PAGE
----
Browsing: FERS

Q. I retired under FERS and receive the supplement. Will the sale of a second home be considered wages, thus reducing my supplement or completely eliminating it?   A. Proceeds from the sale of a home are not considered wages for any purpose that I am aware of.

Q. I have 43 years of service: 22 years under CSRS, which includes 4 years military active duty that I “ bought back,” as well as 21 years under FERS. There was no break in service. Will my 4 years of active duty, in which I paid Social Security, give me essentially 25 years of “ substantial earnings” towards the WEP provision? A. It depends upon how much you earned year. The schedule of annual earnings required to qualify as “substantial” is available at https://www.ssa.gov/pubs/EN-05-10045.pdf. You can compare the earnings for year as listed in your Social Security benefit statement…

Q. I hope to retire in 2020 under the FERS retirement system. My spouse is a school teacher, does not pay into Social Security, and is covered by the Ohio State Teachers Retirement System (STRS). Will either of us lose a substantial amount of survivor benefits when one of us passes due to the WEP or GPO? A. The windfall elimination provision does not apply to survivor’s benefits, but the government pension offset may reduce or eliminate your wife’s survivor benefit, if she survives you.

Q. I currently have a TSP account as an FERS employee, with 100 percent is in the L2040 Fund since I started almost 3 years ago. I have a long way until retirement, as I am 37 years old. Someone said I should do the “CSI,”  which would be C Fund=40 percent; S Fund=40 percent; I Fund=20 percent, but I’m not sure what that even means.  I would like to look forward to a comfortable retirement so suggestions are welcome and much appreciated! A. You should ask the “someone” whether they will take responsibility for the outcomes their advice will produce.…

Q. If I retire from civil service (under FERS) and I return to work as a civil servant at a later date, I know that my annuity will be subtracted from my pay. However, will I be able to contribute to TSP again? If so, can I contribute to my original TSP account or would I have to start over with another account? A. You will allowed to contribute to the TSP for during any period of eligible employment under TSP’s rules: https://www.tsp.gov/PlanParticipation/EligibilityAndContributions/index.html. A new TSP account will be opened for you when your are eligibly employed.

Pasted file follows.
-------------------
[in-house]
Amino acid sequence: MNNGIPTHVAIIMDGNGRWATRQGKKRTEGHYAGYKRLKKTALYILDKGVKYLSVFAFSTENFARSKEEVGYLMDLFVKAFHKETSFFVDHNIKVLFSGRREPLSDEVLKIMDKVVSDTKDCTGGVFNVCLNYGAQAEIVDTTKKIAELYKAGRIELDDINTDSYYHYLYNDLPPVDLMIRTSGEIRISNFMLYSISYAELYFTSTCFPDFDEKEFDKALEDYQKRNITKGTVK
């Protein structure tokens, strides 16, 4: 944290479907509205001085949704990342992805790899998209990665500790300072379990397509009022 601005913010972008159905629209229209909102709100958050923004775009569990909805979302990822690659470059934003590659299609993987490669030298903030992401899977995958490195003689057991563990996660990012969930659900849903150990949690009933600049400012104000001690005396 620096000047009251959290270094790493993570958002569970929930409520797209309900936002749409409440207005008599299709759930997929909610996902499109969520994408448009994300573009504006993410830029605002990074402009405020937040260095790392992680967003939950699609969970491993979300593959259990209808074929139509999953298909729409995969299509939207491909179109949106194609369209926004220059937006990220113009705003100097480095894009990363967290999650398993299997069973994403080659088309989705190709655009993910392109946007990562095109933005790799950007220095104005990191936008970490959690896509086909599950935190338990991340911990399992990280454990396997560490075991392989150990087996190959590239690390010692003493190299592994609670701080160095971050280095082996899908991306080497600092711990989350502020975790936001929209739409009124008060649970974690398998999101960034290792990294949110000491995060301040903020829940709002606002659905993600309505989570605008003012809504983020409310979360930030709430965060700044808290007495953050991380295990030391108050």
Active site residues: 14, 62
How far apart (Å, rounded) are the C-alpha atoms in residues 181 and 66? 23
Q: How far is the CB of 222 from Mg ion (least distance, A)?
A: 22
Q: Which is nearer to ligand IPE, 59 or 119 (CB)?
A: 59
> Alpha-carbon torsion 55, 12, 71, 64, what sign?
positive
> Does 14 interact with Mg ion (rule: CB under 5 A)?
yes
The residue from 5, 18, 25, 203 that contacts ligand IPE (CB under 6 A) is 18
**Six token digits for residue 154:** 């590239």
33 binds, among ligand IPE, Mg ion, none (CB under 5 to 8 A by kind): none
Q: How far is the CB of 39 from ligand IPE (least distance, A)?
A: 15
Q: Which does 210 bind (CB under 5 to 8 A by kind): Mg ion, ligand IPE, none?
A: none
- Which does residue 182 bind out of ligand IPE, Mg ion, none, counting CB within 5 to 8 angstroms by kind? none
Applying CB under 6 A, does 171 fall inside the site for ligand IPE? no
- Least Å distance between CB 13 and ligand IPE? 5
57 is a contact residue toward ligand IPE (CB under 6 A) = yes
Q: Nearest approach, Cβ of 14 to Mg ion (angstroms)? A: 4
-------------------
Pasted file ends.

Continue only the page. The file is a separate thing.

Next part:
Q. I work for the Centers for Medicare & Medicaid Services and am currently 65 years old. I started working for the federal government on July 4, 2010. The plan is to continue working as long as I can, past 70. When I retire it will be under FERS (born Sept. 12, 1953). Do I start taking Social Security at age 70 if I’m still working? Also, can I continue putting money into my TSP after age 70 and 1/2 (the required minimum distribution age)? Are there any other things I should be aware of if I retire after age…

Q. I’m a FERS employee. As I reach retirement and knowing about my retirement and Social Security, what is the best way to maximize my TSP? If I have $1 million in my TSP, would moving the money from the C Fund to the G Fund and implement the 4 percent rule without wavering on my withdrawals would I run out of money? If the G Fund pays 1-2 percent every year I still seem to leave this Earth with money remaining. Looking at 4 percent calculation models, if you’re making an average above the 4 percent you wind up…

Q. I am a FERS employee age 47 with 27 years of service. I am currently on FMLA and will be resigning and applying for medical disability retirement. I know I can withdraw from my TSP but am not clear on the annuity option tax penalty. I want to withdraw funds to sustain me while waiting for a decision on my disability retirement. A. If you receive a TSP distribution before you reach age  59 ½, in addition to the regular income tax, you may have to pay an early withdrawal penalty tax equal to 10 percent of any taxable…

1 2 3 17